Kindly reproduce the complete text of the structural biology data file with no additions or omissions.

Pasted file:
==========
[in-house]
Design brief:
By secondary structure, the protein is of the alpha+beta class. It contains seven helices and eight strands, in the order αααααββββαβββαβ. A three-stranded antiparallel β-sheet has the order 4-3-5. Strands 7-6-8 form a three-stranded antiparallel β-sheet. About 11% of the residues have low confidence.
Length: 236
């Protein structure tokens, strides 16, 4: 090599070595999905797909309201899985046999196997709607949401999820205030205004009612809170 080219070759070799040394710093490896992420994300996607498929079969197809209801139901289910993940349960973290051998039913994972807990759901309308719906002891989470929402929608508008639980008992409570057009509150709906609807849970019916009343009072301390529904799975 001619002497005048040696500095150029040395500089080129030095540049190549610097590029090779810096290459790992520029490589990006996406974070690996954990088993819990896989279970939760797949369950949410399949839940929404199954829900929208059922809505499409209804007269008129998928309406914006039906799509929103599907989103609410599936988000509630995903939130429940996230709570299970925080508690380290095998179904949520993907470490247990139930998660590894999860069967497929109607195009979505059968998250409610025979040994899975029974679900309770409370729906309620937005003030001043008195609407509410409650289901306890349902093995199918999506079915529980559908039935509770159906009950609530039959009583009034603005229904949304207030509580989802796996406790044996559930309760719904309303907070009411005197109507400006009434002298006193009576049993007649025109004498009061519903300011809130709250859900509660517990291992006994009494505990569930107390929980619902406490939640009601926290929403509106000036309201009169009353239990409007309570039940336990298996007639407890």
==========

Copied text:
[in-house]
Design brief:
By secondary structure, the protein is of the alpha+beta class. It contains seven helices and eight strands, in the order αααααββββαβββαβ. A three-stranded antiparallel β-sheet has the order 4-3-5. Strands 7-6-8 form a three-stranded antiparallel β-sheet. About 11% of the residues have low confidence.
Length: 236
């Protein structure tokens, strides 16, 4: 090599070595999905797909309201899985046999196997709607949401999820205030205004009612809170 080219070759070799040394710093490896992420994300996607498929079969197809209801139901289910993940349960973290051998039913994972807990759901309308719906002891989470929402929608508008639980008992409570057009509150709906609807849970019916009343009072301390529904799975 001619002497005048040696500095150029040395500089080129030095540049190549610097590029090779810096290459790992520029490589990006996406974070690996954990088993819990896989279970939760797949369950949410399949839940929404199954829900929208059922809505499409209804007269008129998928309406914006039906799509929103599907989103609410599936988000509630995903939130429940996230709570299970925080508690380290095998179904949520993907470490247990139930998660590894999860069967497929109607195009979505059968998250409610025979040994899975029974679900309770409370729906309620937005003030001043008195609407509410409650289901306890349902093995199918999506079915529980559908039935509770159906009950609530039959009583009034603005229904949304207030509580989802796996406790044996559930309760719904309303907070009411005197109507400006009434002298006193009576049993007649025109004498009061519903300011809130709250859900509660517990291992006994009494505990569930107390929980619902406490939640009601926290929403509106000036309201009169009353239990409007309570039940336990298996007639407890």